Winter was coming

For the third year in a row, various news outlets have reported that we we’re going to be seeing the “Worst Winter in 100 Years”.  This year we finally got to see a little weather action.

I’m not sure the flooding of great chunks of the North West of England is quite what they had in mind, and being one of the 55,000 homes that was without power for several days, I didn’t venture out much while most of the city was underwater, but we did get to see a little snow last weekend.

DSC_1067We didn’t get the kind of snow that Eastern USA received a few days ago, but it was certainly enough that it was worth heading out with the camera for a little exploring.

Snow can do strange things to landscapes.

Scenes which typically present beautifully to the camera on a clear snowless day can appear bland and flat when covered in a completely white featureless surface like snow.

On the other hand, scenes which might usually appear dull and boring, especially on a cloudy day, spring to life when you add just a light sprinkling.

Instead of delving deep into the middle of nowhere, as I would typically do when heading to the Lake District, many of the photos were made from the roadside, resting on a stone wall.


A couple of the locations we really wanted to photograph in the snow were inaccessible.  At least, they were inaccessible to us.

We attempted to make it up to Tilberthwaite and Hodge Close, but the icy hill climbing roads were just too much for our poor little front wheel drive car to manage.  Next time we head back there in the snow, it’ll definitely be in a 4WD.

I was also hoping to get a shot from the banks of Thirlmere Reservoir with a snow covered island in the middle of the water, but with the A591 still closed due to large chunks of it dissolving in the floods, that was never going to happen.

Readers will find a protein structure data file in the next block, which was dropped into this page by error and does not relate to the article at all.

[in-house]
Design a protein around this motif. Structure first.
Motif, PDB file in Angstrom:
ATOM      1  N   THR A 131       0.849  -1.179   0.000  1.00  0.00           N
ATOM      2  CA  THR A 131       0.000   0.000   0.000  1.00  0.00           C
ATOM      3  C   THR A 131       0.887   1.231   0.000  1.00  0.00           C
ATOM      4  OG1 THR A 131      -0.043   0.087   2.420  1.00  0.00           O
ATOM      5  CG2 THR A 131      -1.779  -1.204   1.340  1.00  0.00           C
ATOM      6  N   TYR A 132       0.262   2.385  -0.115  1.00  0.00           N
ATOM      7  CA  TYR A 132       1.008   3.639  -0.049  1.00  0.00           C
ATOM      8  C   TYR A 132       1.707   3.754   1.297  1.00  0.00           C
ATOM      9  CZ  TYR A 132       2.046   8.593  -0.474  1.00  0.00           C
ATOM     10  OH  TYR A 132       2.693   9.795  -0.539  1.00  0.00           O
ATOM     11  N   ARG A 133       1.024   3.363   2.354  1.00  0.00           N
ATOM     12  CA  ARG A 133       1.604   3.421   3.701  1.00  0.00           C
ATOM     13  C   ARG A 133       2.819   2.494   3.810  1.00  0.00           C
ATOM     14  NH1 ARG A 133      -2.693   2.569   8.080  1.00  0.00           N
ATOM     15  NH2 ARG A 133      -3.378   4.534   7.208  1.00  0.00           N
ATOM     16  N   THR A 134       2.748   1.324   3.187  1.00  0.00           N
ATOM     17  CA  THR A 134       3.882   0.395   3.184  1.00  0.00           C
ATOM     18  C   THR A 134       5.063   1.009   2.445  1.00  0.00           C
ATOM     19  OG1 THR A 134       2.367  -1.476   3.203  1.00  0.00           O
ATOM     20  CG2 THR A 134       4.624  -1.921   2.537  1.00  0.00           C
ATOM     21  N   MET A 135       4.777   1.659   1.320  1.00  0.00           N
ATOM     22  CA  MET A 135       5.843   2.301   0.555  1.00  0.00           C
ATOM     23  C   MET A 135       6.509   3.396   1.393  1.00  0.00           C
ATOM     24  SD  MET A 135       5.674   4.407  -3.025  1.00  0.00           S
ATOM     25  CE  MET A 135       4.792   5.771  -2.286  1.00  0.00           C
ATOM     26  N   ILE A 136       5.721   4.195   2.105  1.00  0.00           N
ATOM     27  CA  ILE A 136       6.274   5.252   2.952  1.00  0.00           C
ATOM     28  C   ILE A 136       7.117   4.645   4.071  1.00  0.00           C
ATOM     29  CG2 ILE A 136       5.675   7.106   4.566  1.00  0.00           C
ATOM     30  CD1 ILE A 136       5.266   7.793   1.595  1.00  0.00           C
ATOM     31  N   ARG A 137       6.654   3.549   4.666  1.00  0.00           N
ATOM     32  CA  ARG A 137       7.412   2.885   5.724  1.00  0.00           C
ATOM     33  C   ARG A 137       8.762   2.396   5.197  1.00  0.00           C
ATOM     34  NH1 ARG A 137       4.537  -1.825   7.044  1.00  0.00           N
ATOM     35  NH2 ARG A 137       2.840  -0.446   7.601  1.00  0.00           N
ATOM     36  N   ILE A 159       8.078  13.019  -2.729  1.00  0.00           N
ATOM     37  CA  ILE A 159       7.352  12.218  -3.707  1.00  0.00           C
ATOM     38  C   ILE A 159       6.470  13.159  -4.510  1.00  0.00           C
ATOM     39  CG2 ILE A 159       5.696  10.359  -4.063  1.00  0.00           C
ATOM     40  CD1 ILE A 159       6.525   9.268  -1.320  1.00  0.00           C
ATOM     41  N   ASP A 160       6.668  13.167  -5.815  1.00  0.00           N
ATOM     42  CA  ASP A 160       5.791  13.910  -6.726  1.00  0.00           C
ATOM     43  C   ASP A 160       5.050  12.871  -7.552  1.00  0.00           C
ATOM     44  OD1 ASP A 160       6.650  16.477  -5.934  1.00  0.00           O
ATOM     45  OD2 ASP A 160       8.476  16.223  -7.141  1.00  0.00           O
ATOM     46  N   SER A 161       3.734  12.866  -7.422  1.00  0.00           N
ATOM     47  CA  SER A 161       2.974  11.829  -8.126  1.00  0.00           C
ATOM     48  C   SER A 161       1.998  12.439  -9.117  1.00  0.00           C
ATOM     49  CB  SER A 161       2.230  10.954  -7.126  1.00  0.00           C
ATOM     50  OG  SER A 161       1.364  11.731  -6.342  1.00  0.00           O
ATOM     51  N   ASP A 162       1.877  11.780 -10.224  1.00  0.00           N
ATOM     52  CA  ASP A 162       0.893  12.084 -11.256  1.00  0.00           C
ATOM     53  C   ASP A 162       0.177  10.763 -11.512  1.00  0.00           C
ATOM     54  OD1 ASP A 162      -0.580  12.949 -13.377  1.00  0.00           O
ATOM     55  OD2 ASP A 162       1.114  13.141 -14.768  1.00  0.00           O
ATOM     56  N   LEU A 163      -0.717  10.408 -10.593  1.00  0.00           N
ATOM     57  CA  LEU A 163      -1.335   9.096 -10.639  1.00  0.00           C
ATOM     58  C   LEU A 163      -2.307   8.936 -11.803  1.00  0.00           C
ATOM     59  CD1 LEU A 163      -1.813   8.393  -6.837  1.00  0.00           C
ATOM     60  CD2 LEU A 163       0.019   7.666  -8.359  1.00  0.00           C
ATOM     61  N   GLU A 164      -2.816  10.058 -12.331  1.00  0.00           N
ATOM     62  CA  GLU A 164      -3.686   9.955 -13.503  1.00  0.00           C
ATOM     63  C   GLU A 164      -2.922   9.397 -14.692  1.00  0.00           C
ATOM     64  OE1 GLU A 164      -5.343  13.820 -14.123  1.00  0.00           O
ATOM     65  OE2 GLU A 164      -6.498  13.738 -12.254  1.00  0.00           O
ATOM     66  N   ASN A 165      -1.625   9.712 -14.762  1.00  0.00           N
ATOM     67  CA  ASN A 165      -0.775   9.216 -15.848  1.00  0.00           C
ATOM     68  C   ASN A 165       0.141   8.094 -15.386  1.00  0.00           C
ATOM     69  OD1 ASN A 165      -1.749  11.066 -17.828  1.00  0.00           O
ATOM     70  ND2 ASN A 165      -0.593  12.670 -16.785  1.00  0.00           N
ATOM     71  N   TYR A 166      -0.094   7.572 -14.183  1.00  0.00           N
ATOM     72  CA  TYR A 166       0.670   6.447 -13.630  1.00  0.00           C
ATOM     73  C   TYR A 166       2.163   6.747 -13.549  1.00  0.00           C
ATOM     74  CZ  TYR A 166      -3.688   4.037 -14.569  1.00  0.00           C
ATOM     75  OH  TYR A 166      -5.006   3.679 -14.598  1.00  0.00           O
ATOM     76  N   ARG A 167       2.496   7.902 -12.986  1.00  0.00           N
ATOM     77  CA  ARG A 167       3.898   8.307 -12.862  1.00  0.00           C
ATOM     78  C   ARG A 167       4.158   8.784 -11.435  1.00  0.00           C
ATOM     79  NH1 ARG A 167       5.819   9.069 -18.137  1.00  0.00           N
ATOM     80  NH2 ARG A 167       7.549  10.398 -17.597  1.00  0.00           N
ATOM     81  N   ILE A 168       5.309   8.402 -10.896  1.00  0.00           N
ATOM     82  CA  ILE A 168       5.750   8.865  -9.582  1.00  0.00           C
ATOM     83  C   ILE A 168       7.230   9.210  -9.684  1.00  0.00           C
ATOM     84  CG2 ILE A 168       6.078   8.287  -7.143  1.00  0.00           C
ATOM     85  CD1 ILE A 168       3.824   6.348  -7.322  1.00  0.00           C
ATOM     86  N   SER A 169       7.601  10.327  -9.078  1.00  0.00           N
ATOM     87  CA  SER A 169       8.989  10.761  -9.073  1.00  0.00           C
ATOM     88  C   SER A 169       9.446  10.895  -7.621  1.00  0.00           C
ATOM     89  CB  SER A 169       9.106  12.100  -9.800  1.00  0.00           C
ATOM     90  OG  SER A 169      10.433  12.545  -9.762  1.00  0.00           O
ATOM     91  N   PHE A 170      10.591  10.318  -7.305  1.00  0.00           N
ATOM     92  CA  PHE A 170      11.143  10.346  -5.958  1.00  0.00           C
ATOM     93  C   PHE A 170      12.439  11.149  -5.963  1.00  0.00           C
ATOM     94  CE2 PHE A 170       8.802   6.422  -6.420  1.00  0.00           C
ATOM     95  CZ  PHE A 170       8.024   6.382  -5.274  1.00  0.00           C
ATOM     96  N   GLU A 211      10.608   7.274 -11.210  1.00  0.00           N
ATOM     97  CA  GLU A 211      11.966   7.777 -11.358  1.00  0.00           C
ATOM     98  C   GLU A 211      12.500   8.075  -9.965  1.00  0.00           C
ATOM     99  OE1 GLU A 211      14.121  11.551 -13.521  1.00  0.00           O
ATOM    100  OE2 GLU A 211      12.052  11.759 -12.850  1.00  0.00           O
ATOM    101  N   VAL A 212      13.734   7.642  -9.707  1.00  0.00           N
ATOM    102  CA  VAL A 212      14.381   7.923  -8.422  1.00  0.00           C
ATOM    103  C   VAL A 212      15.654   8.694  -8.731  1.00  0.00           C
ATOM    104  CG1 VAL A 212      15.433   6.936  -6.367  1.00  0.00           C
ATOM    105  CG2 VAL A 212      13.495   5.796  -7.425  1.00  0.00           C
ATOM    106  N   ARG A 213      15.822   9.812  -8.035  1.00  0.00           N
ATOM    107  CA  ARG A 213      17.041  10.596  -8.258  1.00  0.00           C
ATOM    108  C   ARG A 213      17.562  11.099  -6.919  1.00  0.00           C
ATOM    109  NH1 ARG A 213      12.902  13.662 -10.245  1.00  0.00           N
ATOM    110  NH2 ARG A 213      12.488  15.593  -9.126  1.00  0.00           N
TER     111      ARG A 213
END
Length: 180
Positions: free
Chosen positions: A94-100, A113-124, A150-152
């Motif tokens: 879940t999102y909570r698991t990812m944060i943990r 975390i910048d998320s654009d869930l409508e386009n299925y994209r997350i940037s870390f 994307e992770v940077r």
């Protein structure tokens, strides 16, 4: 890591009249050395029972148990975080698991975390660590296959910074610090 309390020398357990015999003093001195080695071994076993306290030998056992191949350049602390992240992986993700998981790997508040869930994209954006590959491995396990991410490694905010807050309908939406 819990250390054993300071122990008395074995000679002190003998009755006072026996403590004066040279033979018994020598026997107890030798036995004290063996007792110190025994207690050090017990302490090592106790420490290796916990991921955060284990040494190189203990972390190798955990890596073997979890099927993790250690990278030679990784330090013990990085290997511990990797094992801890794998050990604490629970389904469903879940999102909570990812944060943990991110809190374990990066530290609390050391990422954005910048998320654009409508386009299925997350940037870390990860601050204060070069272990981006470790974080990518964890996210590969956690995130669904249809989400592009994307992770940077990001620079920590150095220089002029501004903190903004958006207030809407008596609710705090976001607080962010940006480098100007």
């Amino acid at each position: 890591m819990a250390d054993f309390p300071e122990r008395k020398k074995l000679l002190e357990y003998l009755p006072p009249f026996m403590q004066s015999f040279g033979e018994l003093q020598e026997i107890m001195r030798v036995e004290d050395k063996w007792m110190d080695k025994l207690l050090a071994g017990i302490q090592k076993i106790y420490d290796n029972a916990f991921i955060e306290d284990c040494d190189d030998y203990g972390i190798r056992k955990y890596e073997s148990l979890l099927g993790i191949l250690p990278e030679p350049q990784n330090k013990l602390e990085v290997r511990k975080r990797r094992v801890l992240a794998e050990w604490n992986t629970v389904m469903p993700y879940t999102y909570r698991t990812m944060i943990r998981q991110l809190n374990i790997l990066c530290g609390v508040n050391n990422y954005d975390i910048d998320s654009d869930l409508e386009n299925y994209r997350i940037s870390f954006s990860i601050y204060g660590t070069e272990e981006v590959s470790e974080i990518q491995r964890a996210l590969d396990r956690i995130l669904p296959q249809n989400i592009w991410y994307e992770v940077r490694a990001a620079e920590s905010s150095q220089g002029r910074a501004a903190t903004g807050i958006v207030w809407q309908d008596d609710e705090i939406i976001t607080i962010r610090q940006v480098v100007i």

We did stumble across a public footpath leading through some woods that we hadn’t seen before.

DSC_1092Following the path turned out to be a great idea, despite having to clamber over snow covered rocks and fallen trees to get to where I could get the shot I wanted.

From the top, this little waterfall wasn’t very interesting, visually speaking, but while up there I spotted a little pile of rocks sticking out below the fall.

Getting to that spot was another matter, and I ended up bumping my head on a branch, causing a whole lot of snow to fall straight down the inside of the back of my jacket.  Not a very pleasant experience, but worth it!

I’ve had a number snow portrait shoot ideas planned for several years now, just waiting for us to finally get some decent snow, and despite not being able to get to a couple of the spots we wanted and the snow not sticking around for very long, it was an interesting day out which offered some valuable insights into the problems of shooting in the snow – chief amongst them, how to access those inaccessible locations.


I’ve been half tempted to plan a trip to a country that has more predictable winter weather, and more reliable snowfall in order to shoot my ideas, but that also presents a whole host of other problems to overcome (most of which can only be solved by throwing a whole lot of money at them).

But, then I remember that the longer it takes for it to happen, the more time I will have to plan & prepare for the shoot, and the more successful the results will be, which is the most important thing.  So, I guess I’ll just have to wait until we get some good snowfall here in the UK that’s going to stick around for a while!